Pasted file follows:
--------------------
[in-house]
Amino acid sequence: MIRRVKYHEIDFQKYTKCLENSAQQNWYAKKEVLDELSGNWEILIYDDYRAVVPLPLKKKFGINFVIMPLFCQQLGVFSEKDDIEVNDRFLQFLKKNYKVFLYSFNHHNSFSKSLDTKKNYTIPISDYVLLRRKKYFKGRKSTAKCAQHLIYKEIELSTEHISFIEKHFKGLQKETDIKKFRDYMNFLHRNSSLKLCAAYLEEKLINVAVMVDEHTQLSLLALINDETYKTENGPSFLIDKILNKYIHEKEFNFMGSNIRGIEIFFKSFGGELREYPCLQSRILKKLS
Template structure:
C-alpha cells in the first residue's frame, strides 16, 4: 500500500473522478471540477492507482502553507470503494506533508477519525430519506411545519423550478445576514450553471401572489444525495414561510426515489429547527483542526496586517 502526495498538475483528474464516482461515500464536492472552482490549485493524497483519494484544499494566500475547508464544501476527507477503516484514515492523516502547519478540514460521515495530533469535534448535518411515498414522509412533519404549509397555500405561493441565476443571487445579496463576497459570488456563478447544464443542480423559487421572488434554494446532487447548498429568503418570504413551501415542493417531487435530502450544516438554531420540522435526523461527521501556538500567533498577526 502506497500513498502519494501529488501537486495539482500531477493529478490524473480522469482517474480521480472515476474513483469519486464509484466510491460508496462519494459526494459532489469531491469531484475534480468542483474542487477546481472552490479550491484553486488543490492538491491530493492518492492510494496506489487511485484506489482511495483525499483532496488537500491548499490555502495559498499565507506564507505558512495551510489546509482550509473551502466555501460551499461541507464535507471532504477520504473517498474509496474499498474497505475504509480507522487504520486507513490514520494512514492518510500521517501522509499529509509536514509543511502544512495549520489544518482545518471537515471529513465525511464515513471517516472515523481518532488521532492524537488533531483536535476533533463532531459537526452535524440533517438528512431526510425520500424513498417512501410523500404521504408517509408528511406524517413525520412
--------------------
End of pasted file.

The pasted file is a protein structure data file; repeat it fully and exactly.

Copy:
[in-house]
Amino acid sequence: MIRRVKYHEIDFQKYTKCLENSAQQNWYAKKEVLDELSGNWEILIYDDYRAVVPLPLKKKFGINFVIMPLFCQQLGVFSEKDDIEVNDRFLQFLKKNYKVFLYSFNHHNSFSKSLDTKKNYTIPISDYVLLRRKKYFKGRKSTAKCAQHLIYKEIELSTEHISFIEKHFKGLQKETDIKKFRDYMNFLHRNSSLKLCAAYLEEKLINVAVMVDEHTQLSLLALINDETYKTENGPSFLIDKILNKYIHEKEFNFMGSNIRGIEIFFKSFGGELREYPCLQSRILKKLS
Template structure:
C-alpha cells in the first residue's frame, strides 16, 4: 500500500473522478471540477492507482502553507470503494506533508477519525430519506411545519423550478445576514450553471401572489444525495414561510426515489429547527483542526496586517 502526495498538475483528474464516482461515500464536492472552482490549485493524497483519494484544499494566500475547508464544501476527507477503516484514515492523516502547519478540514460521515495530533469535534448535518411515498414522509412533519404549509397555500405561493441565476443571487445579496463576497459570488456563478447544464443542480423559487421572488434554494446532487447548498429568503418570504413551501415542493417531487435530502450544516438554531420540522435526523461527521501556538500567533498577526 502506497500513498502519494501529488501537486495539482500531477493529478490524473480522469482517474480521480472515476474513483469519486464509484466510491460508496462519494459526494459532489469531491469531484475534480468542483474542487477546481472552490479550491484553486488543490492538491491530493492518492492510494496506489487511485484506489482511495483525499483532496488537500491548499490555502495559498499565507506564507505558512495551510489546509482550509473551502466555501460551499461541507464535507471532504477520504473517498474509496474499498474497505475504509480507522487504520486507513490514520494512514492518510500521517501522509499529509509536514509543511502544512495549520489544518482545518471537515471529513465525511464515513471517516472515523481518532488521532492524537488533531483536535476533533463532531459537526452535524440533517438528512431526510425520500424513498417512501410523500404521504408517509408528511406524517413525520412